At present, these two parliamentary groups hold 412 of the 751 parliamentary seats. If they no longer have an absolute majority after the 2019 poll, new coalitions would then be required, which would give greater influence to the smaller parliamentary groups, such as the Liberals and Greens. A loss of power by the large people’s parties would possibly also lead to uncertainties about the appointment of the future head of the Commission.
Harsher tone of debate
Such a change in circumstances, like most crises, would also present an opportunity for reform. The situation could transform the character of the European Parliament. Since the 2014 European elections, when the Eurosceptics made significant gains, debates and the tone have become harsher. Arguments about Europe are more contentious than ever before; practically every possible case for and against European integration has been presented in the Parliament.
The European Parliament’s presence in the public consciousness could change in future if the supporters of the EU were to articulate their ideas and arguments more strongly than in the past. All too frequently the debate on Europe continues to use the same old formulas and rhetorical phrases that tend to dissipate rather than draw attention.
So far the run-up to the campaign and the parties’ election campaign strategies have not shown whether the opportunities offered by this transformation will be taken up. The picture is one of polarisation: Europe’s Social Democrats are under a certain amount of pressure after recently having lost heads of government from their parties in Italy and Sweden. The EPP is struggling with the Hungarian Prime Minister, Viktor Orbán, and his policies, because Fidesz, Orbán’s political party, belongs to their family of parties.
The President of France, Emmanuel Macron, on the other hand, envisages a new international movement modelled on his campaign (En Marche) in the French presidential election – one that would compete with the two large party blocks EPP and S&D. The French President would also like to set the basic tone of the election campaign, which he sees in the confrontation between “Europeans” and “nationalists”. Macron wants to lead the “European” camp in this contest, in the same way that he did so against the National Front in France.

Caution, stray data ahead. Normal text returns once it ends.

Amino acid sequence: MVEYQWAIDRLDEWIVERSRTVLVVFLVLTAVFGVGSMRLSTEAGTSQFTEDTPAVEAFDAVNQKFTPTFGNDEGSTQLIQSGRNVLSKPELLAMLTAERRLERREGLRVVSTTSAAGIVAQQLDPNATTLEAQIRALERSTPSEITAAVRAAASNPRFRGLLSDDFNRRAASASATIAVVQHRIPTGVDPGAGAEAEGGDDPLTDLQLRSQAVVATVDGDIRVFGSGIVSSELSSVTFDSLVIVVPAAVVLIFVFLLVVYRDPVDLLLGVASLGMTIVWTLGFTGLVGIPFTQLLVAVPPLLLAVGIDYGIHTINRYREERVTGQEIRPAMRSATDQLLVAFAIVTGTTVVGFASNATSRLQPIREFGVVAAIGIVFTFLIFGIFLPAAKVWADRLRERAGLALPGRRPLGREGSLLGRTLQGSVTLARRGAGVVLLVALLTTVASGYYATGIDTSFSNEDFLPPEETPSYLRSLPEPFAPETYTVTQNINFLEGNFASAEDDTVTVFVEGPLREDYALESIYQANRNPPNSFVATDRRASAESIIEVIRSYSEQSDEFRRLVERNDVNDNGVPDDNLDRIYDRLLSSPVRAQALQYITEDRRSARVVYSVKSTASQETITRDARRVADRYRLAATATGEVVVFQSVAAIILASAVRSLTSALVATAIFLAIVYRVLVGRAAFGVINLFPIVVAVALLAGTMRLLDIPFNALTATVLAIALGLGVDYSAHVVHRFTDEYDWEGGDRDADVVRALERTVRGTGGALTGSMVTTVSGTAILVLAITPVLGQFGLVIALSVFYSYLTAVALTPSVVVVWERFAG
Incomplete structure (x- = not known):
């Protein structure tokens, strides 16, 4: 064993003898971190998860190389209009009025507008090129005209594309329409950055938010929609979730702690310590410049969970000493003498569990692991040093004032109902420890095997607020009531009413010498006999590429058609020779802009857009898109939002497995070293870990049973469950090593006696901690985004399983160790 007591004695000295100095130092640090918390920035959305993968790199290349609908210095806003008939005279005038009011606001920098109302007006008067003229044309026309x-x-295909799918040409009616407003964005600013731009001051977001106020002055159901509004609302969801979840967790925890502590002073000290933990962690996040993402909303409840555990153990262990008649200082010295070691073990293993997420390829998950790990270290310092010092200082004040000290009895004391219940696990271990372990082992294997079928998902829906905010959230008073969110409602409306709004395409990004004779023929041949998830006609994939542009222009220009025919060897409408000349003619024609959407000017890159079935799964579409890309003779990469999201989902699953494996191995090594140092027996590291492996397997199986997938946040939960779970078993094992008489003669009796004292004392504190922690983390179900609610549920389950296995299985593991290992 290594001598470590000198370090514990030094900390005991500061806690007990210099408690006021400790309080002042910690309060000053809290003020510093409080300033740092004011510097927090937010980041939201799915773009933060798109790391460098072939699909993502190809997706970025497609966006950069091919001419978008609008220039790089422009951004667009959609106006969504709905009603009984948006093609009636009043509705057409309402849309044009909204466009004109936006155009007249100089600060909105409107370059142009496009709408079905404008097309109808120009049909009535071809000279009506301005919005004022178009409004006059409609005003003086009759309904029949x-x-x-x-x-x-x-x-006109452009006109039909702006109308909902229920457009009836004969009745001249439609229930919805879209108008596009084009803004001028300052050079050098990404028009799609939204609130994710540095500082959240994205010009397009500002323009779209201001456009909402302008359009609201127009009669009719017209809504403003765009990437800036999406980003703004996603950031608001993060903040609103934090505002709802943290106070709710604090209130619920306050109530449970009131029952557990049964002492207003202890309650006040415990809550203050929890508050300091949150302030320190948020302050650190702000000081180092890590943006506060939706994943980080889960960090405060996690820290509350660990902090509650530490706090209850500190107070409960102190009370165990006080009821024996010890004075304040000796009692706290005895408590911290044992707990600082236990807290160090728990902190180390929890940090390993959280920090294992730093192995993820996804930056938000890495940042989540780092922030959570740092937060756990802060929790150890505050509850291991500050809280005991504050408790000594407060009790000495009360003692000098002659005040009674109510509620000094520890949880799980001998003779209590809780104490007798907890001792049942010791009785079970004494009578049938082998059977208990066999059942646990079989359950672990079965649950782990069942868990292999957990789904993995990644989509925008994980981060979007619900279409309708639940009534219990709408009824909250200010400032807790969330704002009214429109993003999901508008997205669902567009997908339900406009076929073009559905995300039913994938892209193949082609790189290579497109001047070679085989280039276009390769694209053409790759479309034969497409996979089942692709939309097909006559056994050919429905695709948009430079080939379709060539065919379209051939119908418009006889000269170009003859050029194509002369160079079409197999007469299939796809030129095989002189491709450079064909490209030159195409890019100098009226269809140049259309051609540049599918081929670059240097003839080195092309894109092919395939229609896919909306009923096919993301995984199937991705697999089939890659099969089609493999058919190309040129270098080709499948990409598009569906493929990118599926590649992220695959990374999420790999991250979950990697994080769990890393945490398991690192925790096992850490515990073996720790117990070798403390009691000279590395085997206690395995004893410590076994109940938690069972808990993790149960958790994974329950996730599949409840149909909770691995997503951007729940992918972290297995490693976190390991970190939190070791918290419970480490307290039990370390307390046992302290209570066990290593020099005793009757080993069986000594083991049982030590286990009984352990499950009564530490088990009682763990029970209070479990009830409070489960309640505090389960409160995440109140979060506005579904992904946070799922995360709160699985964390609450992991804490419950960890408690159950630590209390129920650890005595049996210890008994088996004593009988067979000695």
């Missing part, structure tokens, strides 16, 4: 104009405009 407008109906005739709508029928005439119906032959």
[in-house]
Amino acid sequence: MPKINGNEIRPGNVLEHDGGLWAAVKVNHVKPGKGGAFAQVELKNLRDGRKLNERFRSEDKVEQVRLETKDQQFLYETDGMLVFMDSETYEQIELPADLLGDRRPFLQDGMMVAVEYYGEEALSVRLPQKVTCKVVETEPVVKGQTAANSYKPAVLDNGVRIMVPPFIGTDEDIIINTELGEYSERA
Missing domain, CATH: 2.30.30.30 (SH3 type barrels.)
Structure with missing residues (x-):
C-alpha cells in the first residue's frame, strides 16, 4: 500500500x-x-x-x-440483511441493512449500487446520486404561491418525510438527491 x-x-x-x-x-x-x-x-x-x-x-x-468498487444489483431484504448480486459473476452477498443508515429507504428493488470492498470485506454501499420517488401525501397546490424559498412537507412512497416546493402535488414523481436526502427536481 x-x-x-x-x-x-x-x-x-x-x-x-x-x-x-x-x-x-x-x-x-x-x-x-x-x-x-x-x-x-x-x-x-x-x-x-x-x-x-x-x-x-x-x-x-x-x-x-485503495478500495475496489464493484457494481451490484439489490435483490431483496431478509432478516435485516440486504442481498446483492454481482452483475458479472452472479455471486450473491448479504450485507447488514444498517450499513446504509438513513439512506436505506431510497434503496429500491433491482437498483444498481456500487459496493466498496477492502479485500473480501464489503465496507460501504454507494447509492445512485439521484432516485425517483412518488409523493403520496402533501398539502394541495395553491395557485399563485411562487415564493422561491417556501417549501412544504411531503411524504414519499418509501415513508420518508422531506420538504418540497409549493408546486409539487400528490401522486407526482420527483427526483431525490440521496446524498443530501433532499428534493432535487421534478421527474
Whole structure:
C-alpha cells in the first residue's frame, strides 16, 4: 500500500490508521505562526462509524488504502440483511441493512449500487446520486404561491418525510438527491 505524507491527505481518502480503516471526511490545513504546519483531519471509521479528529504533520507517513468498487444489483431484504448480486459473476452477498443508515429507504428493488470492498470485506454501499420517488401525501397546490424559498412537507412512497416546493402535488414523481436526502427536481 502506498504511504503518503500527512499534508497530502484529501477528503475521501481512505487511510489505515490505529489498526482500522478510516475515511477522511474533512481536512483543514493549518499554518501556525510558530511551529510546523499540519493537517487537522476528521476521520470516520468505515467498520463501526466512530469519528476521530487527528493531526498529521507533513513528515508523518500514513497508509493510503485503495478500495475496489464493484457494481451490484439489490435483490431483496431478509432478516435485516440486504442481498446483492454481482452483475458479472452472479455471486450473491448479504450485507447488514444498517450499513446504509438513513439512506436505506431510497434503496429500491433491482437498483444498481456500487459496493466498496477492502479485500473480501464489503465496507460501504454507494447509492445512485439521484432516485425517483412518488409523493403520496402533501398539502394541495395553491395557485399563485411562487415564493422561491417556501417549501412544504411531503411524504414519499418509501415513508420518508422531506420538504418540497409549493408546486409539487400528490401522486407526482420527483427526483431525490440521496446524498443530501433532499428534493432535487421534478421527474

The EU protects the nation state
If everything goes well, voters could come to regard the next European Parliament as a centre of political debate that reflects the broad range of opinions, including both approval of ever closer union and criticism of further integration.
Today, the Parliament sees itself above all as the representative of the European idea against the special interests of the member states; in future, it could present itself first and foremost as the voice of EU citizens and strengthen its oversight role with regard to the European executive.
The governments of the member states must defend the EU against the denigration of integration as a technocratic superstate, as an antidemocratic kraken that wrests sovereign power from nation states. In reality the EU protects both the sovereignty and identity of its members through the benefits of joint action.
Newsletter #UpdateGermany: You would like to receive regular information about Germany? Subscribe here to: